Teacher contracts will not be upheld by HCPS
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Although Hillsborough County teachers have met the necessary evaluation scores, they will not receive the raises they had previously been promised via contract, affecting a third of more than 14000 teachers.
Under the contract, teachers’ salaries would remain the same for 3 years and increase by $4000 the fourth year if they have satisfactory ratings. The district has withheld the salary increases due to continued financial pressures: technology for classrooms and tools for educators, training and professional development for teachers, maintenance and building upgrades as well as repairing and replacing air conditioning systems. Hurricane Irma only served to exacerbate these financial pressures.
In response, teachers have protested though emails, pickets and media statements. Due to their outrage, the district answered with a statement to ensure that students and staff are important to them.
“Our district has given our employees more than $200 million in pay and benefits increases over the past four years, despite a district financial picture that was not promising,” says the statement, provided through the Tampa Bay Times. “Because of that, our district’s fund balance – which is like our savings account – has dropped dramatically as increased pay has been given out, while at the same time funding from the Legislature has not kept up with the amount needed to pay for our additional costs. As a district, we have to balance priorities and budgets every year to focus on all aspects of what it takes to help students succeed.”
Although the teachers admit they do not work for the pay, the loss of the raises do impact them. “I do disagree with them taking advantage of the fact that we will always do what is best for the kids and that is what it seems like they are doing now,” Algebra 2 teacher Jason Wiggins said.
Personal financial impacts
Some teachers, including English and SAT Prep teacher and student council sponsor April Fiore, gave up their tenure, which provides job security, in order to receive the raise. “I thought ‘this is crazy, I gave away my tenure for this new step increase,’ and I know there was small print that said it had to be approved by the district, but the whole thing just made me very angry,” Fiore said.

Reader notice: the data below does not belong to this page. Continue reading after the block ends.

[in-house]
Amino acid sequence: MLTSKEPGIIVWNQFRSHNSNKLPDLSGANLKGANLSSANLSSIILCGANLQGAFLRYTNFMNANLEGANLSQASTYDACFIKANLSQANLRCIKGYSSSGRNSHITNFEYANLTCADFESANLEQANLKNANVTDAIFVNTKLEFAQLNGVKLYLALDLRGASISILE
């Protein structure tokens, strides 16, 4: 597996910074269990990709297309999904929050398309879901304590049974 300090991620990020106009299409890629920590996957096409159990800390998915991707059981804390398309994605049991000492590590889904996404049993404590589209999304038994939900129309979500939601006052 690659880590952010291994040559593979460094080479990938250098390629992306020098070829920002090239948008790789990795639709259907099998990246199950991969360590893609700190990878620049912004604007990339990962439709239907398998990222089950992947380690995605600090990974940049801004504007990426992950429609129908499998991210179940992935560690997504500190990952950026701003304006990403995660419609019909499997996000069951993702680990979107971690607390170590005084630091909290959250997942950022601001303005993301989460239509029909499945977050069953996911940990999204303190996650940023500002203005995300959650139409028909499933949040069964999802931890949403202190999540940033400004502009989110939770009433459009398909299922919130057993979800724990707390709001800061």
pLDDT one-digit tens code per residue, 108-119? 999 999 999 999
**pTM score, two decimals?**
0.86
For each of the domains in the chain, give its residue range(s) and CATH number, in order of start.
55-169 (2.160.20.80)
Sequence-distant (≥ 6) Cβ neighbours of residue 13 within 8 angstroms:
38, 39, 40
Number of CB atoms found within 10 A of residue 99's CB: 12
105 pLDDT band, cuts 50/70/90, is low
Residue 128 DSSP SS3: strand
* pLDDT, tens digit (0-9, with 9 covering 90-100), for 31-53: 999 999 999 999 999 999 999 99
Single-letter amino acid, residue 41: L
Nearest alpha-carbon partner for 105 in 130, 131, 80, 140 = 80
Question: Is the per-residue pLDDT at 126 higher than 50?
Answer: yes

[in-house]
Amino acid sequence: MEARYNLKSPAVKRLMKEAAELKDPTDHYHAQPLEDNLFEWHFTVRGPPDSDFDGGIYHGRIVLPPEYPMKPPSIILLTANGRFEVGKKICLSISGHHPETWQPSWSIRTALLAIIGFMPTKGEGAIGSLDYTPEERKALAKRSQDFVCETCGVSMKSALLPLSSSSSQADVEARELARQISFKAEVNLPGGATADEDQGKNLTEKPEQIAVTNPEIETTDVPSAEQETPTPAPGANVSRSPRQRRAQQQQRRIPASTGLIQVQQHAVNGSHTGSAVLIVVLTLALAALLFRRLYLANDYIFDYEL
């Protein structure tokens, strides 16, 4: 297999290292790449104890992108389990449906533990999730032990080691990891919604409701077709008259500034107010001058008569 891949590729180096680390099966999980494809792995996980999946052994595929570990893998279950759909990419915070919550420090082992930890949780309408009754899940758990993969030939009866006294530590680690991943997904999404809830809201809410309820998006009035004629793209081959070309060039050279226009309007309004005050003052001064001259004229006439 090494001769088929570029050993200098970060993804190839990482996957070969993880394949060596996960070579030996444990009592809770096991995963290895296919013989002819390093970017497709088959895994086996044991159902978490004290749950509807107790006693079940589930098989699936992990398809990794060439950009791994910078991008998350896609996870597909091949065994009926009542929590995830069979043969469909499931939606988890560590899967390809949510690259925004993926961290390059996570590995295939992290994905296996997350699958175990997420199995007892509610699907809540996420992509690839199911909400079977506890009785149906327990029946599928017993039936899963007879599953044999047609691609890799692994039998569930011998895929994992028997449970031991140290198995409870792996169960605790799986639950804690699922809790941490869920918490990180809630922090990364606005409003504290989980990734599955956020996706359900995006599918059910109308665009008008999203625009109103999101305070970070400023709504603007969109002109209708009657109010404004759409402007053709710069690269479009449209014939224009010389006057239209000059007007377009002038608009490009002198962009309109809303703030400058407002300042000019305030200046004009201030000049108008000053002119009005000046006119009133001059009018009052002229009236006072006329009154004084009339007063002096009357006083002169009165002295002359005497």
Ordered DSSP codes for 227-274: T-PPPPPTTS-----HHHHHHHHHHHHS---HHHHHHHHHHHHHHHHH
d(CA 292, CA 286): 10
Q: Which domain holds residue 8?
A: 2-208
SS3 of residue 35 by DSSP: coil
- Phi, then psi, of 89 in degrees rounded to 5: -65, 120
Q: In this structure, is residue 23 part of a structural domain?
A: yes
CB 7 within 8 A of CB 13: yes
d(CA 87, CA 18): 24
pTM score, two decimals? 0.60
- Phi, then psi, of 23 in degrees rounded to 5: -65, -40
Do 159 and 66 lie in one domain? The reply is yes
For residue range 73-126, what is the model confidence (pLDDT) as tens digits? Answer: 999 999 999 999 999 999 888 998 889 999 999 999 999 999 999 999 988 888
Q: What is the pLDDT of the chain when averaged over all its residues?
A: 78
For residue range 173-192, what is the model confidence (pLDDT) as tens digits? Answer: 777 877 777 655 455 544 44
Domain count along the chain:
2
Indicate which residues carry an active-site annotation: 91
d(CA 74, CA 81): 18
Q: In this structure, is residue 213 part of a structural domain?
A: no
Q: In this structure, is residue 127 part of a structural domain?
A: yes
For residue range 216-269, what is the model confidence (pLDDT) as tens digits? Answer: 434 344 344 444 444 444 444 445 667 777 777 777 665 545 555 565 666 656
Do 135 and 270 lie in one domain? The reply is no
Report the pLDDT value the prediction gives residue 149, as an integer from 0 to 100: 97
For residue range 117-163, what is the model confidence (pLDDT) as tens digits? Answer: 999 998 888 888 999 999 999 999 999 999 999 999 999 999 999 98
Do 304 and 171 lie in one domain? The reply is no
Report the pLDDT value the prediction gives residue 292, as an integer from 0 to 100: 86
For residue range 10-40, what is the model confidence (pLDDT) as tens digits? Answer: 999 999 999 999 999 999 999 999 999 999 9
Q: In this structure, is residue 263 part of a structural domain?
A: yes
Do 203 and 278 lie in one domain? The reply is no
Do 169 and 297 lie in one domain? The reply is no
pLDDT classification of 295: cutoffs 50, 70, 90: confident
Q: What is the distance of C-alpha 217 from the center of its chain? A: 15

Some that were expecting the money planned around it. Fiore bought a car, intending to use the raise to pay for it, as well as for her home mortgage, which she aims to pay off before she retires in 8 years. “It’s not going to be as easy as we expected,” she said.
English teacher and student government sponsor Stefanie Zimmerman was also affected. “For me, we’re looking into buying a house and that $4000 makes a huge difference,” Zimmerman said. “So it really does impact teacher’s plans whether immediate or within the future.”
The retraction of the raises could possibly affect the teachers’ attitudes at school, in addition to their personal monetary situations. “You feel less motivation to keep giving and giving and all the extra time and emotion that goes into teaching that you don’t get paid for,” Zimmerman said. “It impacts your ability to want to be here and it makes you question is this a good decision and should this be something I keep doing all the time.”
Kelly, a father of four children who budgeted around the raises, is considering leaving the district. “It makes me question if it would be better to get a job at another district, that’s a little bit more financially stable or has better leadership at the school board level,” he said. “I like working for the district, I love working for Hillsborough High School, and being here for the students, but unfortunately, none of that translates into helping my kids go to college or paying any bills.”
Some teachers came to the consensus that they should be higher on the priority list. “I am extremely disappointed and feel like they prioritize their spending in a different way and that they need to really put teachers first because we are the ones directing instruction in the classroom,” art teacher Caitlin Clay said. “And that if they don’t do that, they are going to see lots of really highly qualified teachers looking for positions in other districts where teachers are prioritized.”
According to Stephanie Baxter-Jenkins, Executive Director of the Hillsborough Classroom Teachers Association, the district did not break any contract because it is open for teachers to renegotiate.
“It is not a breach of contract because negotiations are reopened yearly,” she said to WTSP. “So not technically in a legal sense, but what it does represent is a breach of good faith.”